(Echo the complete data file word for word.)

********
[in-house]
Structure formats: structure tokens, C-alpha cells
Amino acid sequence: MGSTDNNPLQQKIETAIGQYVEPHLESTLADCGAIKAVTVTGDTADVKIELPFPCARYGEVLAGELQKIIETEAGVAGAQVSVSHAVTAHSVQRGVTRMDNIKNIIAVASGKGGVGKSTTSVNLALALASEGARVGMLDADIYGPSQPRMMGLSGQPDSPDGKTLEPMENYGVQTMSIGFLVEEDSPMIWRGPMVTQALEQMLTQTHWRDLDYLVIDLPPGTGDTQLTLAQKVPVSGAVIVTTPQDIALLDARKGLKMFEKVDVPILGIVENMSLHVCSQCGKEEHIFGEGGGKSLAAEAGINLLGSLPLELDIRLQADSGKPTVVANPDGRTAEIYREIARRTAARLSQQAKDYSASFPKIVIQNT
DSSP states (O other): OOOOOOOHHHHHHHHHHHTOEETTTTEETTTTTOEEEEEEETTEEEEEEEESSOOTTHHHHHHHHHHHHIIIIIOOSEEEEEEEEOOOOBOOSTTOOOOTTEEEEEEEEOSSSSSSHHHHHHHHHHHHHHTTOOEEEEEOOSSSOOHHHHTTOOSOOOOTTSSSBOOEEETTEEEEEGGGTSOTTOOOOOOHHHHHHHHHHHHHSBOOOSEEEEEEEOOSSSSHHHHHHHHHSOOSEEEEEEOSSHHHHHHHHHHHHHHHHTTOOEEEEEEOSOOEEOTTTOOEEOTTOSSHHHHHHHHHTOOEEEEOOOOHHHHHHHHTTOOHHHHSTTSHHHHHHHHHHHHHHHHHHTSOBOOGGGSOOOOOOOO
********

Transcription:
[in-house]
Structure formats: structure tokens, C-alpha cells
Amino acid sequence: MGSTDNNPLQQKIETAIGQYVEPHLESTLADCGAIKAVTVTGDTADVKIELPFPCARYGEVLAGELQKIIETEAGVAGAQVSVSHAVTAHSVQRGVTRMDNIKNIIAVASGKGGVGKSTTSVNLALALASEGARVGMLDADIYGPSQPRMMGLSGQPDSPDGKTLEPMENYGVQTMSIGFLVEEDSPMIWRGPMVTQALEQMLTQTHWRDLDYLVIDLPPGTGDTQLTLAQKVPVSGAVIVTTPQDIALLDARKGLKMFEKVDVPILGIVENMSLHVCSQCGKEEHIFGEGGGKSLAAEAGINLLGSLPLELDIRLQADSGKPTVVANPDGRTAEIYREIARRTAARLSQQAKDYSASFPKIVIQNT
DSSP states (O other): OOOOOOOHHHHHHHHHHHTOEETTTTEETTTTTOEEEEEEETTEEEEEEEESSOOTTHHHHHHHHHHHHIIIIIOOSEEEEEEEEOOOOBOOSTTOOOOTTEEEEEEEEOSSSSSSHHHHHHHHHHHHHHTTOOEEEEEOOSSSOOHHHHTTOOSOOOOTTSSSBOOEEETTEEEEEGGGTSOTTOOOOOOHHHHHHHHHHHHHSBOOOSEEEEEEEOOSSSSHHHHHHHHHSOOSEEEEEEOSSHHHHHHHHHHHHHHHHTTOOEEEEEEOSOOEEOTTTOOEEOTTOSSHHHHHHHHHTOOEEEEOOOOHHHHHHHHTTOOHHHHSTTSHHHHHHHHHHHHHHHHHHTSOBOOGGGSOOOOOOOO